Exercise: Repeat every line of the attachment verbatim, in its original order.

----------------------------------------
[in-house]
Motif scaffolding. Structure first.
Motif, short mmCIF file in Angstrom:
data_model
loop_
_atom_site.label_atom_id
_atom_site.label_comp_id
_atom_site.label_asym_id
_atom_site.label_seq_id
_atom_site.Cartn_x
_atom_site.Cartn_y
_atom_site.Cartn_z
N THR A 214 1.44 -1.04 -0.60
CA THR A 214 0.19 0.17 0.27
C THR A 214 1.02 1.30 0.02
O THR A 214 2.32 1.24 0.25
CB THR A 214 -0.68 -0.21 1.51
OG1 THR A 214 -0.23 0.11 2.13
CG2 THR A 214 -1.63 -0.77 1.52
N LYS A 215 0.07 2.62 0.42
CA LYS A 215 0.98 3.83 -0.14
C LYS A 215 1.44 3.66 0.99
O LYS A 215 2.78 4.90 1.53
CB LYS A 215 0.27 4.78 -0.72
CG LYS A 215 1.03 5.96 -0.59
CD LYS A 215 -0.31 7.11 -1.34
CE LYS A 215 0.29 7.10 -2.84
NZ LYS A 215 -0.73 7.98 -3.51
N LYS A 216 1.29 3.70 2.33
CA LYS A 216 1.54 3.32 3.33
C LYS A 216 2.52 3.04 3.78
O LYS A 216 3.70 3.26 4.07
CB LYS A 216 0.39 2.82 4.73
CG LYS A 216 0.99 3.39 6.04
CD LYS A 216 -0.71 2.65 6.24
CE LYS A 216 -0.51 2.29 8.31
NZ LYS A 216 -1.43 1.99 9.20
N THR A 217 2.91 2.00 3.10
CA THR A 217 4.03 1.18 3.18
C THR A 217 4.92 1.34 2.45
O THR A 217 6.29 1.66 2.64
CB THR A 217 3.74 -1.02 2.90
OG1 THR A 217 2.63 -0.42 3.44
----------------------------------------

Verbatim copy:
[in-house]
Motif scaffolding. Structure first.
Motif, short mmCIF file in Angstrom:
data_model
loop_
_atom_site.label_atom_id
_atom_site.label_comp_id
_atom_site.label_asym_id
_atom_site.label_seq_id
_atom_site.Cartn_x
_atom_site.Cartn_y
_atom_site.Cartn_z
N THR A 214 1.44 -1.04 -0.60
CA THR A 214 0.19 0.17 0.27
C THR A 214 1.02 1.30 0.02
O THR A 214 2.32 1.24 0.25
CB THR A 214 -0.68 -0.21 1.51
OG1 THR A 214 -0.23 0.11 2.13
CG2 THR A 214 -1.63 -0.77 1.52
N LYS A 215 0.07 2.62 0.42
CA LYS A 215 0.98 3.83 -0.14
C LYS A 215 1.44 3.66 0.99
O LYS A 215 2.78 4.90 1.53
CB LYS A 215 0.27 4.78 -0.72
CG LYS A 215 1.03 5.96 -0.59
CD LYS A 215 -0.31 7.11 -1.34
CE LYS A 215 0.29 7.10 -2.84
NZ LYS A 215 -0.73 7.98 -3.51
N LYS A 216 1.29 3.70 2.33
CA LYS A 216 1.54 3.32 3.33
C LYS A 216 2.52 3.04 3.78
O LYS A 216 3.70 3.26 4.07
CB LYS A 216 0.39 2.82 4.73
CG LYS A 216 0.99 3.39 6.04
CD LYS A 216 -0.71 2.65 6.24
CE LYS A 216 -0.51 2.29 8.31
NZ LYS A 216 -1.43 1.99 9.20
N THR A 217 2.91 2.00 3.10
CA THR A 217 4.03 1.18 3.18
C THR A 217 4.92 1.34 2.45
O THR A 217 6.29 1.66 2.64
CB THR A 217 3.74 -1.02 2.90
OG1 THR A 217 2.63 -0.42 3.44